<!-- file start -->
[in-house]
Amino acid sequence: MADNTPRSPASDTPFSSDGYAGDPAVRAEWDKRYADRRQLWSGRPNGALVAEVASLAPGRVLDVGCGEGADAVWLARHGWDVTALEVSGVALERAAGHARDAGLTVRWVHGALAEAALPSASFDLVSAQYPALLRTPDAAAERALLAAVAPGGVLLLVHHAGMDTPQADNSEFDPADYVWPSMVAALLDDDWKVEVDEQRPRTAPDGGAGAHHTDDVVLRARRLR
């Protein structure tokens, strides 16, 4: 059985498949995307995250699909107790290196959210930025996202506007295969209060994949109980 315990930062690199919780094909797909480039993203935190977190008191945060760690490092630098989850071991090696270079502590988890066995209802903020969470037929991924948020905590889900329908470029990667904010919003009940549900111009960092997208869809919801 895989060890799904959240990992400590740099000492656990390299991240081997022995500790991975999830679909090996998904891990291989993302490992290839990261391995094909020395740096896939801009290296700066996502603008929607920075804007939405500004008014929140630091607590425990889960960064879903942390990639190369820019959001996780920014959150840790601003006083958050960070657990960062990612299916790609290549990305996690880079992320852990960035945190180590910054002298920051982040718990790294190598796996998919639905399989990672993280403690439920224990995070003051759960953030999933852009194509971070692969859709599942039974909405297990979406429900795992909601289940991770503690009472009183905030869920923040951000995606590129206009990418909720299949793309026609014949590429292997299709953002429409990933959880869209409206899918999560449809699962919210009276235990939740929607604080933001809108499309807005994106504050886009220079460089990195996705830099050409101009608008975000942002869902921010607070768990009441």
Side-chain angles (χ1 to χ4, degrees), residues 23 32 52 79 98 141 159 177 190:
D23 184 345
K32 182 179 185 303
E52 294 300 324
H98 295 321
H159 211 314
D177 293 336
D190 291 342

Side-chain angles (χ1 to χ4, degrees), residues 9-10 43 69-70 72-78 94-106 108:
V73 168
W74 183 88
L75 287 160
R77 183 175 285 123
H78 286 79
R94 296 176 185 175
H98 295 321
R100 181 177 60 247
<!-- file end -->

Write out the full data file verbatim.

[in-house]
Amino acid sequence: MADNTPRSPASDTPFSSDGYAGDPAVRAEWDKRYADRRQLWSGRPNGALVAEVASLAPGRVLDVGCGEGADAVWLARHGWDVTALEVSGVALERAAGHARDAGLTVRWVHGALAEAALPSASFDLVSAQYPALLRTPDAAAERALLAAVAPGGVLLLVHHAGMDTPQADNSEFDPADYVWPSMVAALLDDDWKVEVDEQRPRTAPDGGAGAHHTDDVVLRARRLR
């Protein structure tokens, strides 16, 4: 059985498949995307995250699909107790290196959210930025996202506007295969209060994949109980 315990930062690199919780094909797909480039993203935190977190008191945060760690490092630098989850071991090696270079502590988890066995209802903020969470037929991924948020905590889900329908470029990667904010919003009940549900111009960092997208869809919801 895989060890799904959240990992400590740099000492656990390299991240081997022995500790991975999830679909090996998904891990291989993302490992290839990261391995094909020395740096896939801009290296700066996502603008929607920075804007939405500004008014929140630091607590425990889960960064879903942390990639190369820019959001996780920014959150840790601003006083958050960070657990960062990612299916790609290549990305996690880079992320852990960035945190180590910054002298920051982040718990790294190598796996998919639905399989990672993280403690439920224990995070003051759960953030999933852009194509971070692969859709599942039974909405297990979406429900795992909601289940991770503690009472009183905030869920923040951000995606590129206009990418909720299949793309026609014949590429292997299709953002429409990933959880869209409206899918999560449809699962919210009276235990939740929607604080933001809108499309807005994106504050886009220079460089990195996705830099050409101009608008975000942002869902921010607070768990009441």
Side-chain angles (χ1 to χ4, degrees), residues 23 32 52 79 98 141 159 177 190:
D23 184 345
K32 182 179 185 303
E52 294 300 324
H98 295 321
H159 211 314
D177 293 336
D190 291 342

Side-chain angles (χ1 to χ4, degrees), residues 9-10 43 69-70 72-78 94-106 108:
V73 168
W74 183 88
L75 287 160
R77 183 175 285 123
H78 286 79
R94 296 176 185 175
H98 295 321
R100 181 177 60 247